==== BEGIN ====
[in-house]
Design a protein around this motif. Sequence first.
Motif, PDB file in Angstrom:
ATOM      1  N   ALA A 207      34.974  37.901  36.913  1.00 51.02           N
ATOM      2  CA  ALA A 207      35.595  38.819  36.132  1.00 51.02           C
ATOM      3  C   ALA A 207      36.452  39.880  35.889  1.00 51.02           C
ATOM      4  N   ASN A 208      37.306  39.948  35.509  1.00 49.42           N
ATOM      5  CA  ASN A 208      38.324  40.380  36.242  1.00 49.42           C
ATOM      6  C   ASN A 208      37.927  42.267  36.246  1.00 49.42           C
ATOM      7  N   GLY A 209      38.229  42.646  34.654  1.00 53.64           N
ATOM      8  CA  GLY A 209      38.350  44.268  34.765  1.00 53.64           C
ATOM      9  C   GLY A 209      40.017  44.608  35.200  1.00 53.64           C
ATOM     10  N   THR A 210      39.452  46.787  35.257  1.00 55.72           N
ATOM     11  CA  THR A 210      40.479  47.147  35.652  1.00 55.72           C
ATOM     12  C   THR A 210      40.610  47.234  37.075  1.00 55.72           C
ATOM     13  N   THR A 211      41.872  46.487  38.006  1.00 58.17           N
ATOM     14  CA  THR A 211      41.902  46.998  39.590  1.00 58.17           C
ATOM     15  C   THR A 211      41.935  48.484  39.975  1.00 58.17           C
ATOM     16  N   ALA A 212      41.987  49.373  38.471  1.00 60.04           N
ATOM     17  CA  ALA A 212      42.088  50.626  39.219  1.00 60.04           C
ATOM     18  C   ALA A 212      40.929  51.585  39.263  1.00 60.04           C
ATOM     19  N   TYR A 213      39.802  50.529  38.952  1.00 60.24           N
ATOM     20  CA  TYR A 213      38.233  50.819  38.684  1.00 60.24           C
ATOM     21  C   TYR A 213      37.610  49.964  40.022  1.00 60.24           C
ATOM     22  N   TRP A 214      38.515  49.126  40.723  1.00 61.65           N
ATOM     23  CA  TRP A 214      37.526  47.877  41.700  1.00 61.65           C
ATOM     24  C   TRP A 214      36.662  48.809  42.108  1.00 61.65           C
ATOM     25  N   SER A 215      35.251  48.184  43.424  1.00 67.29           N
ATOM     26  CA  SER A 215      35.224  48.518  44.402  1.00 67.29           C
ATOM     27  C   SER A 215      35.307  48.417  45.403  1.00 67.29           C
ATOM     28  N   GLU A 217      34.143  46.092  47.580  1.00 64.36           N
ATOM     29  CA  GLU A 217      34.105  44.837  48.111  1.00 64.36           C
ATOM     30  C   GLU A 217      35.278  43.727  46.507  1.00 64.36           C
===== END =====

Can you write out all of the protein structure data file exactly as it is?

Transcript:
[in-house]
Design a protein around this motif. Sequence first.
Motif, PDB file in Angstrom:
ATOM      1  N   ALA A 207      34.974  37.901  36.913  1.00 51.02           N
ATOM      2  CA  ALA A 207      35.595  38.819  36.132  1.00 51.02           C
ATOM      3  C   ALA A 207      36.452  39.880  35.889  1.00 51.02           C
ATOM      4  N   ASN A 208      37.306  39.948  35.509  1.00 49.42           N
ATOM      5  CA  ASN A 208      38.324  40.380  36.242  1.00 49.42           C
ATOM      6  C   ASN A 208      37.927  42.267  36.246  1.00 49.42           C
ATOM      7  N   GLY A 209      38.229  42.646  34.654  1.00 53.64           N
ATOM      8  CA  GLY A 209      38.350  44.268  34.765  1.00 53.64           C
ATOM      9  C   GLY A 209      40.017  44.608  35.200  1.00 53.64           C
ATOM     10  N   THR A 210      39.452  46.787  35.257  1.00 55.72           N
ATOM     11  CA  THR A 210      40.479  47.147  35.652  1.00 55.72           C
ATOM     12  C   THR A 210      40.610  47.234  37.075  1.00 55.72           C
ATOM     13  N   THR A 211      41.872  46.487  38.006  1.00 58.17           N
ATOM     14  CA  THR A 211      41.902  46.998  39.590  1.00 58.17           C
ATOM     15  C   THR A 211      41.935  48.484  39.975  1.00 58.17           C
ATOM     16  N   ALA A 212      41.987  49.373  38.471  1.00 60.04           N
ATOM     17  CA  ALA A 212      42.088  50.626  39.219  1.00 60.04           C
ATOM     18  C   ALA A 212      40.929  51.585  39.263  1.00 60.04           C
ATOM     19  N   TYR A 213      39.802  50.529  38.952  1.00 60.24           N
ATOM     20  CA  TYR A 213      38.233  50.819  38.684  1.00 60.24           C
ATOM     21  C   TYR A 213      37.610  49.964  40.022  1.00 60.24           C
ATOM     22  N   TRP A 214      38.515  49.126  40.723  1.00 61.65           N
ATOM     23  CA  TRP A 214      37.526  47.877  41.700  1.00 61.65           C
ATOM     24  C   TRP A 214      36.662  48.809  42.108  1.00 61.65           C
ATOM     25  N   SER A 215      35.251  48.184  43.424  1.00 67.29           N
ATOM     26  CA  SER A 215      35.224  48.518  44.402  1.00 67.29           C
ATOM     27  C   SER A 215      35.307  48.417  45.403  1.00 67.29           C
ATOM     28  N   GLU A 217      34.143  46.092  47.580  1.00 64.36           N
ATOM     29  CA  GLU A 217      34.105  44.837  48.111  1.00 64.36           C
ATOM     30  C   GLU A 217      35.278  43.727  46.507  1.00 64.36           C